- Temporary repairs – If needed
and if it will help prevent further damage, go ahead and make these temporary
repairs. In the event of a natural disaster, you can imagine that you are just
one of hundreds if not thousands of people working through their claims. So, a
temporary fix can make your situation more tolerable as you wait. However,
since it is not all that common to see repeat disasters, avoid the temptation
to make any extensive repairs until you are as sure as possible that the risk
for additional disasters is minimal. Further, it is risky to make repairs
before an adjuster (whether it be your public adjuster or an insurance
adjuster) can note full damage levels. Repairs made before the insurance
assessment may negatively impact the amount of reimbursement that you can
receive on your claim.
Also, be sure that you extensively document and damages (both with written descriptions and detailed photographs) before you begin making any changes.
- Relocate: If your home sustains significant damage, you may need to seek temporary housing. A public adjuster can help ensure that you will be properly reimbursed for these temporary living expenses, based on the coverage in your insurance policy.
When to hire a public adjuster after a natural disaster
You may want to hire an adjuster if your home or property experiences extensive damage, such as from a hurricane, earthquake, or other natural disaster. A public adjuster can arrange for an official and professional survey of the damage, estimate the costs, and help you file a complex claim with your insurance company. The adjuster will also keep track of the countless phone calls with your insurer and will attend meetings with you or on your behalf. They will also be able to help you find new living arrangements if your home is uninhabitable, and will ensure that you understand what will be covered and what will not.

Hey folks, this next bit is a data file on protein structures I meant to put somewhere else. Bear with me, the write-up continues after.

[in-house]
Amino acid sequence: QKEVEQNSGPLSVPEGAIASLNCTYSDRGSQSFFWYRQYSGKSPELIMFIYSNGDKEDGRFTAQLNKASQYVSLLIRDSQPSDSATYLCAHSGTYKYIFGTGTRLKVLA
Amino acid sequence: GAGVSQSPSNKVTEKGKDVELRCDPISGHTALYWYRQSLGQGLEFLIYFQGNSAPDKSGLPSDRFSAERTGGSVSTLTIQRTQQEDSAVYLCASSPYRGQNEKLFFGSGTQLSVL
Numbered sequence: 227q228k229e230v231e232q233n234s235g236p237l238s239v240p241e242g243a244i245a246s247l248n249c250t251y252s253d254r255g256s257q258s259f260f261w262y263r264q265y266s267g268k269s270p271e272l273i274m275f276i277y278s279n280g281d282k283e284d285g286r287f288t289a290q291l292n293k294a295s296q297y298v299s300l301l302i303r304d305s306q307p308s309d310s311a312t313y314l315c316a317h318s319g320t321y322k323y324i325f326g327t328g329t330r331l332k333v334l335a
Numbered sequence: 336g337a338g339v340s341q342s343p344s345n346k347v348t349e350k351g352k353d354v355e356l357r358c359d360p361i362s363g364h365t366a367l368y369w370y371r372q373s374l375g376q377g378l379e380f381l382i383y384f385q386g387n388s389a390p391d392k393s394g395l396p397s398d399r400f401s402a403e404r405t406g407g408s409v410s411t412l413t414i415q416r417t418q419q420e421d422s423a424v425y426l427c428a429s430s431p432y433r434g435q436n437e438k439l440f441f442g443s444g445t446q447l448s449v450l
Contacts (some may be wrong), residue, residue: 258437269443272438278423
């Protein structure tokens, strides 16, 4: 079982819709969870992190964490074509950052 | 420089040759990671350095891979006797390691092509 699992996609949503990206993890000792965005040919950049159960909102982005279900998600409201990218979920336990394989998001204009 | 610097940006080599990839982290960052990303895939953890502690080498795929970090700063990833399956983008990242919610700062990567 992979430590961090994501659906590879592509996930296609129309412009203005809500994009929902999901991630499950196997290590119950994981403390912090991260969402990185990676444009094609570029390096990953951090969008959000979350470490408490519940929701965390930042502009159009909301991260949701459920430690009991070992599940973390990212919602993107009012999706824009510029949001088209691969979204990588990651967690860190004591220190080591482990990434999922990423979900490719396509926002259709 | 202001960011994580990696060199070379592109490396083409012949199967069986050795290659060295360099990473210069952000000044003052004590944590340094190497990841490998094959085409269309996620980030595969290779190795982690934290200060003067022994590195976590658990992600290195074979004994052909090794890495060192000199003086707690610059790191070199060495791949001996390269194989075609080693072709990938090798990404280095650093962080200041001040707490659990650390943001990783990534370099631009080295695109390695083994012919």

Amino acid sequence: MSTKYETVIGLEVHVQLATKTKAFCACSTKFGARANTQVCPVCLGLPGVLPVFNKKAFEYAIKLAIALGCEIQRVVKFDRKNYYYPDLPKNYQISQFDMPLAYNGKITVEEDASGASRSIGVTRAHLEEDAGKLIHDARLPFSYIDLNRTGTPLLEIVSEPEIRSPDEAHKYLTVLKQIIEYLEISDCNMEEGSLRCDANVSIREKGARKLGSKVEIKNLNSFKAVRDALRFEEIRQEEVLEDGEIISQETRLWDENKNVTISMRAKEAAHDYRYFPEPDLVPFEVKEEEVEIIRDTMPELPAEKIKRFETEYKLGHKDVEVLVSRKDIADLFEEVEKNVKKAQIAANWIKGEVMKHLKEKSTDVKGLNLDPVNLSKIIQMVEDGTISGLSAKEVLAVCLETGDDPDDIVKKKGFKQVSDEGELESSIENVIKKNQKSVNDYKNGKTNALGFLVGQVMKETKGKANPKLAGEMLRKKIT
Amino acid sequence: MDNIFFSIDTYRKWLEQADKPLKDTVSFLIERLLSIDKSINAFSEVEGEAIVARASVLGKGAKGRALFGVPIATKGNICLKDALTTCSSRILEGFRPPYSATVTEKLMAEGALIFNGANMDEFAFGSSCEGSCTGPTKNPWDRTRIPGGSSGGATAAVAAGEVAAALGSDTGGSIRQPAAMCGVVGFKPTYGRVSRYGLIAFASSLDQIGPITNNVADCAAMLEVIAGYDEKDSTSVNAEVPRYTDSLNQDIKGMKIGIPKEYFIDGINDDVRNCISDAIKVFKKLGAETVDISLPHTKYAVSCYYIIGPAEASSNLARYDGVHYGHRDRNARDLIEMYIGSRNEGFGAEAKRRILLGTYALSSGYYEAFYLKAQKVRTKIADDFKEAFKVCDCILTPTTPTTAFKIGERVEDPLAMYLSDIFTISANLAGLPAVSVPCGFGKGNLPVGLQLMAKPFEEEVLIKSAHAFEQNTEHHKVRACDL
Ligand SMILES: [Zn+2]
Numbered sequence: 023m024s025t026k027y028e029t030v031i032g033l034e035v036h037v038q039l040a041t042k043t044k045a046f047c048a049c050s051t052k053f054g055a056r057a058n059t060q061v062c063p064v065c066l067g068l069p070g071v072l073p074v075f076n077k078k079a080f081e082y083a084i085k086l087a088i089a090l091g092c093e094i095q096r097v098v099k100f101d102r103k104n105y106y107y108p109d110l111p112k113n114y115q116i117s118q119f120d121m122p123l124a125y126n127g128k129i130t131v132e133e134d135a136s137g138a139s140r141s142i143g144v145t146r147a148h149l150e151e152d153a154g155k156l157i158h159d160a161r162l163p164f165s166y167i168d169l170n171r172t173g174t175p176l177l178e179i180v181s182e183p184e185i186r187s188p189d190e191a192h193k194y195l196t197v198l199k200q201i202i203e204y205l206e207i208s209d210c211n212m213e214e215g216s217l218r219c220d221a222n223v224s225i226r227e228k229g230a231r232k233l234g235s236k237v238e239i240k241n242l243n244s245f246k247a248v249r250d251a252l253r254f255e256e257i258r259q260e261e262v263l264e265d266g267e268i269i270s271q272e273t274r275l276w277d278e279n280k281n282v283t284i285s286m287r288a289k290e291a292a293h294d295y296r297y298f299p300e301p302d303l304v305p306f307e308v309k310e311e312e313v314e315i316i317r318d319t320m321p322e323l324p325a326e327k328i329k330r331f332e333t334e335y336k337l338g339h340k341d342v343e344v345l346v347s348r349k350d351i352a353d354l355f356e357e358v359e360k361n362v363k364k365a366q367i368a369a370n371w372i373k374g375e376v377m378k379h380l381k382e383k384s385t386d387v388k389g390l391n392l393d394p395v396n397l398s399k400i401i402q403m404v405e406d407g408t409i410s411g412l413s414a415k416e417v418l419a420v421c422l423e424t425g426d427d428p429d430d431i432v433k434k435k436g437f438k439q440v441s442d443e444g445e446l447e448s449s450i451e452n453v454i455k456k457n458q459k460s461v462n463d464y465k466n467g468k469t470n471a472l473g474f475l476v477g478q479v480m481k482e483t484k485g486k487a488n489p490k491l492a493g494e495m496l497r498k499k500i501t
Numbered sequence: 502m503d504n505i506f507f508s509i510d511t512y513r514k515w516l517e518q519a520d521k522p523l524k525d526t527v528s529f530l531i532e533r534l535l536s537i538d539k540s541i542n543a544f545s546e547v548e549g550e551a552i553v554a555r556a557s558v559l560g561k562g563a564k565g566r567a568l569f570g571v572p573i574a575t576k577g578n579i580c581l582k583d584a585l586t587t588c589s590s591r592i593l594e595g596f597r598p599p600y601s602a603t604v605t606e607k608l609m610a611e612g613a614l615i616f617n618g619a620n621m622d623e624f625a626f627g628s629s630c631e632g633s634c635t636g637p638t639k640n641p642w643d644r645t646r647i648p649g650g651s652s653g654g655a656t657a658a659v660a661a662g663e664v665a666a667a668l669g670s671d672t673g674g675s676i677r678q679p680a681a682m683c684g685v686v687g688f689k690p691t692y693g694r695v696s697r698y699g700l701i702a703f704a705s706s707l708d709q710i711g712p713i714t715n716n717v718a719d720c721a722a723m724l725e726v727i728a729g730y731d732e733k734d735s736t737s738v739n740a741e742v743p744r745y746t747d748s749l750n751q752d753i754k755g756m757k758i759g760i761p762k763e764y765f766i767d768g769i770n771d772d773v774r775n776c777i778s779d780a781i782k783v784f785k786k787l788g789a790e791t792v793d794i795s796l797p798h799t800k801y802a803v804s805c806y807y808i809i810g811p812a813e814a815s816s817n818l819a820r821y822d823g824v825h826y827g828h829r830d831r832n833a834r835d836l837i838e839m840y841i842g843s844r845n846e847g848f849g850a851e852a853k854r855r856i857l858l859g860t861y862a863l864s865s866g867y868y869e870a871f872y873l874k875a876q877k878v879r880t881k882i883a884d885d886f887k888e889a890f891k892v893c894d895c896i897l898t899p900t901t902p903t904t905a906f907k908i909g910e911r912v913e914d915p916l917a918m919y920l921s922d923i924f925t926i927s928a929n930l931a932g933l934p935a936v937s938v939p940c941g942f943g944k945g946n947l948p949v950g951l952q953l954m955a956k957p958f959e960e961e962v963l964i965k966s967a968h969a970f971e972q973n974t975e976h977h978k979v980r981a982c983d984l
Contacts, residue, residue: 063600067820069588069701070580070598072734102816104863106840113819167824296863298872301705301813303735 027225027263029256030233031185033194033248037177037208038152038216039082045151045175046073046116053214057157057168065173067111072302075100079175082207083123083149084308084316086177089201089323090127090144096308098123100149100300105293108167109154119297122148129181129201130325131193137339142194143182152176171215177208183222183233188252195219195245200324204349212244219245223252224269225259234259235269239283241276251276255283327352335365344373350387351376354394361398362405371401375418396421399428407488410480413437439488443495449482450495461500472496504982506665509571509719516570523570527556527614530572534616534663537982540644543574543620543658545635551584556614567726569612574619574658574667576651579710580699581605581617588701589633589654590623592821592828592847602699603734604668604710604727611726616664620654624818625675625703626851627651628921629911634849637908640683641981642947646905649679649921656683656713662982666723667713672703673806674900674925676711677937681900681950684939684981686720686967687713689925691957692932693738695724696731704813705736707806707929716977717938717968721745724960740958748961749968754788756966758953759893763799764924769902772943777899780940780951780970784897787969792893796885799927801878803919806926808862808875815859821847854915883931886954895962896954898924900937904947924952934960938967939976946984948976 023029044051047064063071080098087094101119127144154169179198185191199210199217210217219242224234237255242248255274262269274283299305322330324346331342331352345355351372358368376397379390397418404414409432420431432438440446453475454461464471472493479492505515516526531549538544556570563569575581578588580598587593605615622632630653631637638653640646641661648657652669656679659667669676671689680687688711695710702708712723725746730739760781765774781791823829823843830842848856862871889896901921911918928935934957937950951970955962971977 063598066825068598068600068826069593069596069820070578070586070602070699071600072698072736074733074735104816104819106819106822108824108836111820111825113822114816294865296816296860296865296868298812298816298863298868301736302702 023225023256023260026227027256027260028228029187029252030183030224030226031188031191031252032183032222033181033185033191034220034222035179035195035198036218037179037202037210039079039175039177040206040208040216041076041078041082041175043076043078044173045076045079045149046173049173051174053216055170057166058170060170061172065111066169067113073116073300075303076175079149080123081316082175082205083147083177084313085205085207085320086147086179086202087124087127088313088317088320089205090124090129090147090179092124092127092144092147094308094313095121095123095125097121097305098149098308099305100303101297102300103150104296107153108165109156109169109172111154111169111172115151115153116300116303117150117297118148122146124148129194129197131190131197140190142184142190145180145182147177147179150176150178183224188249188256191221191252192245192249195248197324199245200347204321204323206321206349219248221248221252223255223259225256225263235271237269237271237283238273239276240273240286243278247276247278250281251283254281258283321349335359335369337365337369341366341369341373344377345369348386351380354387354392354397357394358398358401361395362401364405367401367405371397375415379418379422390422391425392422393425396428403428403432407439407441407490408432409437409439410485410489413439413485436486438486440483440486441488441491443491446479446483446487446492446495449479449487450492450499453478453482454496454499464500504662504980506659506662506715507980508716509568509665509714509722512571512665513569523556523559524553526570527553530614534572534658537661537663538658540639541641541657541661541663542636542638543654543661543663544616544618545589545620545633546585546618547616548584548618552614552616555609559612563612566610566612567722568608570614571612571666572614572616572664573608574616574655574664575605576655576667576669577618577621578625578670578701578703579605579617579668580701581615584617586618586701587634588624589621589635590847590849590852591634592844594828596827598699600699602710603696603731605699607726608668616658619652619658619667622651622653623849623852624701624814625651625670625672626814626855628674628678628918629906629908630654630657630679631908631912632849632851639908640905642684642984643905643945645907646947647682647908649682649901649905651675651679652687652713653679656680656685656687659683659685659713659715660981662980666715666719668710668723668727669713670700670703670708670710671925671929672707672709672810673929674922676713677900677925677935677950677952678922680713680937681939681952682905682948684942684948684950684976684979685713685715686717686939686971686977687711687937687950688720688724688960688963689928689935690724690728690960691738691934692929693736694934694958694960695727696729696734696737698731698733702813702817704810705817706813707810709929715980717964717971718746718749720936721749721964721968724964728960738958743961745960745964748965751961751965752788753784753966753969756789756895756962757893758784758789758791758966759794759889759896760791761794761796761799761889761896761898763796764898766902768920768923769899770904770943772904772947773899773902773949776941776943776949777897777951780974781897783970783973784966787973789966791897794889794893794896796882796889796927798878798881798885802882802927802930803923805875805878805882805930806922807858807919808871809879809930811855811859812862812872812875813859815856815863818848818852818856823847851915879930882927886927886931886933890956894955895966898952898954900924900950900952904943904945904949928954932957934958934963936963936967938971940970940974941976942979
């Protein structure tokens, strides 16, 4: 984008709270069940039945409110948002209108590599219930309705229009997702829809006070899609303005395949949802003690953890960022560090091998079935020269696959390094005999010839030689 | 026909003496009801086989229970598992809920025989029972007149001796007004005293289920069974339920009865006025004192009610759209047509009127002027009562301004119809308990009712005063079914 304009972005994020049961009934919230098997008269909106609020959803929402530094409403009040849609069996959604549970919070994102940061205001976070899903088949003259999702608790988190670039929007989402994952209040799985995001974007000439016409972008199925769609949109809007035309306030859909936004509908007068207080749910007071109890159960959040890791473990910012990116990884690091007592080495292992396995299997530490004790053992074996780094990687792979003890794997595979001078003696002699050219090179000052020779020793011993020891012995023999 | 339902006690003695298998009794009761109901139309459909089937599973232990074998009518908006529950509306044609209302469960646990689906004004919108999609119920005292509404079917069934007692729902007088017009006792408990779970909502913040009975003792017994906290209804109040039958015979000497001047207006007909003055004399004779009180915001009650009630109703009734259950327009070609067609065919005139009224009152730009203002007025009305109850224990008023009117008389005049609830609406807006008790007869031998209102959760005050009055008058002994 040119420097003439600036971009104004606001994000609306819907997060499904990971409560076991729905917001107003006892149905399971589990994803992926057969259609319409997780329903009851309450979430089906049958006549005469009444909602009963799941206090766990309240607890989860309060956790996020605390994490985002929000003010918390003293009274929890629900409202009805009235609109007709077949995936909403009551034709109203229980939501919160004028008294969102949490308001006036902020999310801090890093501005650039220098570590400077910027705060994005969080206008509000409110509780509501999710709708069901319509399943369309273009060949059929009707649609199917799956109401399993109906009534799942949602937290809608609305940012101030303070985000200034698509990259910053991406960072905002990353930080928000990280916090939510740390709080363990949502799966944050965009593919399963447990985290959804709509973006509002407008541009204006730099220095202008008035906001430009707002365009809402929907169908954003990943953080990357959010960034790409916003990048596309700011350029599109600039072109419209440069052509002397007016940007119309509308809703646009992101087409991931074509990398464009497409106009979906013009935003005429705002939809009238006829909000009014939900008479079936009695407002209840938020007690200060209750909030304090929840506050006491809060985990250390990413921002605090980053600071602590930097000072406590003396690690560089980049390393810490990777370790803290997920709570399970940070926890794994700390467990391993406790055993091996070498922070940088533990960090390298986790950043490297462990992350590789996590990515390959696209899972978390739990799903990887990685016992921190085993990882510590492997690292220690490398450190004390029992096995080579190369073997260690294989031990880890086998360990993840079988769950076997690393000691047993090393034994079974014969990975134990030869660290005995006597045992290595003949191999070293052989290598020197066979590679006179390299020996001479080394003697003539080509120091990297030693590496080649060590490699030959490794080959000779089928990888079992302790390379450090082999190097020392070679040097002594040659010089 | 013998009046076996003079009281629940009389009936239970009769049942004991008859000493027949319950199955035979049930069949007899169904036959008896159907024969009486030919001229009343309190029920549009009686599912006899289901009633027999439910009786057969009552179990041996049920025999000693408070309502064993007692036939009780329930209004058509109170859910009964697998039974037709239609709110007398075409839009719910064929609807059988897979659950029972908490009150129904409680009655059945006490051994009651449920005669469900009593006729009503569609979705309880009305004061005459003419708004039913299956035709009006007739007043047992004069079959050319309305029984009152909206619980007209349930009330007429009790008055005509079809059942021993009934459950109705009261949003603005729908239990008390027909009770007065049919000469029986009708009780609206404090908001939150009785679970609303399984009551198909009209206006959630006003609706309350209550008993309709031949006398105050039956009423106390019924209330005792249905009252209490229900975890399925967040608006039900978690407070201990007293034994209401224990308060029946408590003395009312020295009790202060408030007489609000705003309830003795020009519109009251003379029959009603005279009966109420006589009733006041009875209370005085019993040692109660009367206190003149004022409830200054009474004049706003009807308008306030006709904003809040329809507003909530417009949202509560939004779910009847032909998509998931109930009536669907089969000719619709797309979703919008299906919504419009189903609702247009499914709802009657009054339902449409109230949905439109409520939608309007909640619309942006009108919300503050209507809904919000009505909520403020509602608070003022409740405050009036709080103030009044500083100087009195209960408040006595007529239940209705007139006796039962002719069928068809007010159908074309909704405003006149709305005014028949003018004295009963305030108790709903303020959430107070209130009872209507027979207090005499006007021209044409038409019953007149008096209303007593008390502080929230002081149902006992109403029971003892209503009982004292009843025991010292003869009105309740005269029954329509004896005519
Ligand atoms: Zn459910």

Public adjusters can reduce and somewhat eliminate the hassle of collecting documents and evidence. Further, they will negotiate directly with your insurance company for you. This can be very welcome when you are trying to put your life and home back together. Not only that, but your adjuster will file all of the required paperwork with your insurance agency, arrange for all necessary inspections of your damaged property, and will address any situations with your insurance company if they refuse to pay your full claim. Public adjusters also help their clients affected by natural disasters to communicate accurately and efficiently with their insurers so that claim payments can be expedited.
As a homeowner, natural disasters are well… natural. However, you want to be ready for the worst and that means having an experienced public adjuster on your side. Here at Bulldog Adjusters, we understand that you want to get your life to normal as soon as possible following a disaster. That’s why we put our all into making sure that you get back the largest possible settlement from your insurance company in a timely manner.